by Darrel Cline (darrelcline biblical-thinking.org)
Chapter # 2 Paragraph # 2 Study # 11 August 28, 2011 Dayton, Texas (Download Audio)
(111)Thesis:The mystery of godly living is rooted in its ceasing to be a mystery.
Introduction:We said in our study last week that the bottom line to all legitimate doctrine is right behavior. There is no point to claiming a concept is "true" if it, in fact, does not lead to actual godly behavior.
The reason that the Gospel puts it focus upon Faith and Love is that actual godly behavior does not simply consist of overt behavior. The issues begin deeply within at the level of values and move outward to the surface and beyond by means of faith.
Paul's focus upon the absolute requirement of freedom from law addresses man at the deepest level of his values because man's greatest difficulty is his selfishness and that issue loses its strength when the self ceases to be threatened. Fear is Love's greatest enemy and the promises of God address all of the fears of men directly. When the promises are believed, Love casts out all fear.
But, all of this is just "talk" unless faith in the promises is actually possible for men. It is for this cause that the Gospel has its most potent root in the actual reality of regeneration by means of the indwelling of the Spirit of Christ. In Galatians 3:14 Paul linked the blessing of Abraham to the provision of the Spirit by Jesus Christ. Likewise, in Ephesians 1:13 Paul actually called the Spirit of Christ "the Holy Spirit of the Promise".
For this cause it is no surprise that Paul defined the root of his life in terms of the indwelling Christ in his dispute with Cephas. This evening we are going to look into that issue.
I. The Issues: Death to Law and Life to God.
A. In both cases, the heart of the claims has to do with the capacity to act.
1. Being dead to Law most fundamentally means that the Law totally loses its ability to have any impact upon the one who is "dead to it".
2. Being alive to God most fundamentally means that God has an undiminished capacity to empower the one who is "alive to Him".
B. In both cases, the most fundamental significance of the claims is that both Love and Truth hang in the balance.
1. If Paul did not have an actual freedom from Law by death to it, his Gospel of Love is a deceptive lie.
2. If Paul did not have actual life from God by regeneration, his Gospel of Truth is also an unreality.
C. In neither case does being an "apostle" (or any other identity in the Body) have any direct impact.
1. Cephas was God's appointed "apostle to the circumcision", but that did not keep him from legalistic thinking and behavior.
2. What Paul was declaring of himself is true of everyone who believes the Gospel.
II. The Mechanism: Genuine Union With Christ.
A. Paul's Gospel is Promise.
1. This most fundamentally means the One Who made the promise(s) is the one Who bears the responsibility to fulfill it/them -- this was the critical lesson of Abraham's faith (Romans 4:21 compared to 4:16 shows that "Promise" is only "sure" if its fulfillment rests only upon the One making it).
2. The essence of the Gospel is the promise of the Spirit (Galatians 3:14).
a. The promises of forgiveness of sins and a judicial decree of righteousness are not the essence -- they are the means to a greater end: union with God.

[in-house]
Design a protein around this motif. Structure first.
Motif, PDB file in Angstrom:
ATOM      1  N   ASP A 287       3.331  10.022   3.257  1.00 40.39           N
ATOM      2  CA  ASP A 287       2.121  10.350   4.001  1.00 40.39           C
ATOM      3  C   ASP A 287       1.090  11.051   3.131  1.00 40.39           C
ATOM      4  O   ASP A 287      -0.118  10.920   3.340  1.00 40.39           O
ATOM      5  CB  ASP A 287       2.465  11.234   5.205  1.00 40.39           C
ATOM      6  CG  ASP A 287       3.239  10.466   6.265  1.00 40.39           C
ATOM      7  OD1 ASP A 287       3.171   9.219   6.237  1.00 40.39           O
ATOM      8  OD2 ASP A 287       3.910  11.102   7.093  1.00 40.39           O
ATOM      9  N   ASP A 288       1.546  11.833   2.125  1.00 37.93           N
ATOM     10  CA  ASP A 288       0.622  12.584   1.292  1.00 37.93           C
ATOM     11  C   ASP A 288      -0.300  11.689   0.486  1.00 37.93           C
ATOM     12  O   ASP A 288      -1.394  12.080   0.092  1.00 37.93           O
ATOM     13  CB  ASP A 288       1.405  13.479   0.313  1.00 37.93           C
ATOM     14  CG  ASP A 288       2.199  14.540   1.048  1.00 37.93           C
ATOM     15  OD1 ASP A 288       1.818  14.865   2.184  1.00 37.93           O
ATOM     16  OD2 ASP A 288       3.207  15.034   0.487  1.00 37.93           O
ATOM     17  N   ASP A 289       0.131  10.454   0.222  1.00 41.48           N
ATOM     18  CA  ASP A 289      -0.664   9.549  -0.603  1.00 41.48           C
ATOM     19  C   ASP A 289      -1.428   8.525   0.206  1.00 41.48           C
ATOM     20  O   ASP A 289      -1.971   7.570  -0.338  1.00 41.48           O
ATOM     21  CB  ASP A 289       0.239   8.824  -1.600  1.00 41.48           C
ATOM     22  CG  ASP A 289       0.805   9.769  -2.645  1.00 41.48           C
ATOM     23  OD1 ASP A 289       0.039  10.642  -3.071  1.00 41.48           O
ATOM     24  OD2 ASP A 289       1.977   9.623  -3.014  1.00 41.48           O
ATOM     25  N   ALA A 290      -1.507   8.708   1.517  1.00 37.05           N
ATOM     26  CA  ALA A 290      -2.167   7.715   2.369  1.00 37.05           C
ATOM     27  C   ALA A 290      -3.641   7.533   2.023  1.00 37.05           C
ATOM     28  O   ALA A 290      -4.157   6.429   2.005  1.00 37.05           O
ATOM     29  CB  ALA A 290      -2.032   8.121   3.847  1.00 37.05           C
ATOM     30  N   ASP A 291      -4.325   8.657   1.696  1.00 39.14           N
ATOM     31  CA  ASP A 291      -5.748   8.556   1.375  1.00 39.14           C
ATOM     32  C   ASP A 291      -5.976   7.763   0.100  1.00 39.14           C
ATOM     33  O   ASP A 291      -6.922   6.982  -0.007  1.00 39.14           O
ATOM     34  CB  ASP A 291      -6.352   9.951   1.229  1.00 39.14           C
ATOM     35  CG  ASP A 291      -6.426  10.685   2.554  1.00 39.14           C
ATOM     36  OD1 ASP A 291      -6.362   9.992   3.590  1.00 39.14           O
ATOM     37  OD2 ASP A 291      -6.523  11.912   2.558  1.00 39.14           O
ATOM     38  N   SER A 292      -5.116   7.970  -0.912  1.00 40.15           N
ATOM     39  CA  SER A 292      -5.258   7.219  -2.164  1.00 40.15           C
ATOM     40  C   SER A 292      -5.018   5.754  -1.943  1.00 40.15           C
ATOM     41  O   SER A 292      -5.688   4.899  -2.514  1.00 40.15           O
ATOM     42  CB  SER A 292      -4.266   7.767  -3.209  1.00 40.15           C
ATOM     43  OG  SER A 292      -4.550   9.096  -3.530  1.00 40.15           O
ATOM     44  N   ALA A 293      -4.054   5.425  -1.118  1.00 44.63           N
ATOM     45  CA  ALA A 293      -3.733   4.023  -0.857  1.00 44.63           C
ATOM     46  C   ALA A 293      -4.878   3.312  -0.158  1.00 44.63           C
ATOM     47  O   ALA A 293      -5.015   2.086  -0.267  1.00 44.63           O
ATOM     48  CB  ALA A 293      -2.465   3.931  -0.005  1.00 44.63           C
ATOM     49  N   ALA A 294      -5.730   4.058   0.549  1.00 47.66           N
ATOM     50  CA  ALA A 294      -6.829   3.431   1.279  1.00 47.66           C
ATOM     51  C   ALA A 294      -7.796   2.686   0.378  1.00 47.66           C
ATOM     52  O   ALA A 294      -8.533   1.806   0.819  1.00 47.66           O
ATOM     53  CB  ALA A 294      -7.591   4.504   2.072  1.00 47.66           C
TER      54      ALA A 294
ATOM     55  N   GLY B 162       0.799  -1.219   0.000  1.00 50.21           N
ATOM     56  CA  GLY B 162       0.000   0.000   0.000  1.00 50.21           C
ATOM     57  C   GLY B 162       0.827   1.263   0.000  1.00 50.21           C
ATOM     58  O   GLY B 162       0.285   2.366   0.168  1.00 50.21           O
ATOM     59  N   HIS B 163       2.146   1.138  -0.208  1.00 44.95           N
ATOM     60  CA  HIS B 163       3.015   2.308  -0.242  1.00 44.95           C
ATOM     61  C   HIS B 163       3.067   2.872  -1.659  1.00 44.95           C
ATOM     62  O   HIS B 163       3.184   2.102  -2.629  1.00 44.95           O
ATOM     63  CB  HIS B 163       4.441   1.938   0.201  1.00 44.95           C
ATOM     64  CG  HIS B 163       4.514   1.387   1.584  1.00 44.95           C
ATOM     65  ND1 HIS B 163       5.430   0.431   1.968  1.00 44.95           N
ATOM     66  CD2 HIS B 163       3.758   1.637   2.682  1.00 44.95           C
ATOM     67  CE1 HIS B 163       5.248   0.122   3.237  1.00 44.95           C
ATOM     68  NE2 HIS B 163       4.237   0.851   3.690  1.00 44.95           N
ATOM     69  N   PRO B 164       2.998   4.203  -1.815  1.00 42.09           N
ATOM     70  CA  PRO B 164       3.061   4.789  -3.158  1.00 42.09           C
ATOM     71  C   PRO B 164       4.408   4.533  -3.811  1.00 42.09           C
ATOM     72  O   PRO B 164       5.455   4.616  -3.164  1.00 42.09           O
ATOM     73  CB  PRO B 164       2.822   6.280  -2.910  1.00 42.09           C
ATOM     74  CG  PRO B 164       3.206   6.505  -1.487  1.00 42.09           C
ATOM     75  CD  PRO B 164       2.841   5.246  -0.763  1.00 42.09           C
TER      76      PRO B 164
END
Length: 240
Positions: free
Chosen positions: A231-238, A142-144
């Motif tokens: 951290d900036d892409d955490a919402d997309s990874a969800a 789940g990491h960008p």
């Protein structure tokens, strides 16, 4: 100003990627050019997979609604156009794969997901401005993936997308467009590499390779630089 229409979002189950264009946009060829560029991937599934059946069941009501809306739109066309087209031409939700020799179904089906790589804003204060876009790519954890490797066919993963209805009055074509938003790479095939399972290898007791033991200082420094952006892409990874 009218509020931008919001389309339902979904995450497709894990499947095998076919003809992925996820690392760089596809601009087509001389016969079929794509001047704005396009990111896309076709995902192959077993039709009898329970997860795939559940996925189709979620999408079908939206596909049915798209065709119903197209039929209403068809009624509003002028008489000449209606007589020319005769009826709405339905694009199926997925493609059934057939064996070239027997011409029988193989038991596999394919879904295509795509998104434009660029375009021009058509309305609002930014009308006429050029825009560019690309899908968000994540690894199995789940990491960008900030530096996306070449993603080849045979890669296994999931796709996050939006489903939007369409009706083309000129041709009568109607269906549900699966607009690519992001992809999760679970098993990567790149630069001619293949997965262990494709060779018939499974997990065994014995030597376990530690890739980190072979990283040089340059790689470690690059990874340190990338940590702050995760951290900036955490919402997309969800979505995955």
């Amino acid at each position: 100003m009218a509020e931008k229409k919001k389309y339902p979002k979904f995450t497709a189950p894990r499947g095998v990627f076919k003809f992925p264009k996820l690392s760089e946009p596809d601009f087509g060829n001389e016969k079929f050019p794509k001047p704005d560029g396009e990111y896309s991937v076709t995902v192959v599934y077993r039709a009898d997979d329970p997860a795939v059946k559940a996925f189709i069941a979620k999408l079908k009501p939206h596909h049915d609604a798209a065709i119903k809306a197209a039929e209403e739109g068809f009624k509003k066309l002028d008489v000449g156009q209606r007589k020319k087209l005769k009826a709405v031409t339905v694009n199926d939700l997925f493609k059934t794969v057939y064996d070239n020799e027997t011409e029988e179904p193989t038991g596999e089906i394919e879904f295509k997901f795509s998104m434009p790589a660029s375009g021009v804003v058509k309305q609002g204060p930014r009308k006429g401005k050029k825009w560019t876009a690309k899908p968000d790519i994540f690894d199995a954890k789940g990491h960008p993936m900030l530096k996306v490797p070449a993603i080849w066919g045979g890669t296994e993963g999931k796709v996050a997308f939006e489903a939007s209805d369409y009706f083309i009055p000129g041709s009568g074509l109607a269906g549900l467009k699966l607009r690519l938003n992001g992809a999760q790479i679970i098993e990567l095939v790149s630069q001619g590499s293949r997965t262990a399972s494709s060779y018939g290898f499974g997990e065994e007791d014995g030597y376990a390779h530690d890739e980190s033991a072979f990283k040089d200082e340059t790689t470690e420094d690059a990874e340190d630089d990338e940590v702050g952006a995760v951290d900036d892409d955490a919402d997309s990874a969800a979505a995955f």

b. Union with God is the be-all end-all when Life is the issue.
3. The methodology of the Gospel is a union with Christ that is so real that one actually participates with Him in both death under the Law and resurrection to newness of Life.
a. At one level, Christ was the only One crucified and raised.
b. At another level, every believer is genuinely united with Christ so that what He did, they did.
1) In Adam, this uniting was physical and genetic.
2) In Christ, this uniting is spiritual and mental.
4. Promise does not mean "unreality"; it means "delayed finality".
B. Paul's Gospel is rooted in Faith.
1. Hebrews 11:11 pointedly declares that "Promise" is only fulfilled for those who believe and the implication is clear: if the person at the center of the particular issue refuses to believe, "the rocks" will serve as the intermediate agent (Luke 19:40).
a. A further implication exists in this text: whether a person "believes", or not, is ultimately up to God and His dealings with that person.
b. This implication cannot be used as an excuse by the unbeliever -- the rocks have no resistance to being God's tools.
2. The reality of faith is that its impact is determined by the One in Whom the faith is focused and not in the one exercising it.
a. When Shadrach, Meshech, and Abednego took their faith stand, the first thing that happened was that they were bound; then they were delivered to the flame.
b. Out of the gazillion things that could have happened, the one thing that did happen was their fire-proofing.
3. The arenas of impact are divergent.
a. One of the arenas is internal and personal -- what happens to the one believing.
1) This varies to extremes depending upon the strength of the "faith" as is shown by the differences between the woman with the issue of blood and the centurion with the ill servant.
2) The "increase of faith" is incipient and extremely challenged by deceptions.
b. The other is external and beyond one's own personal reality -- what happens in the world of men and angels because one believes.
1) God has never put this issue into man's hands.
a) 1 Corinthians 3:6 declares that "results" are completely in God's hands.
b) He always does what He said He would do, but after that, what He does is at His own discretion.
2) Since God's judgments are unsearchable and His ways are past finding out, it is ludicrous for men to "judge" the events outside of their bodies in terms of God's "faithfulness".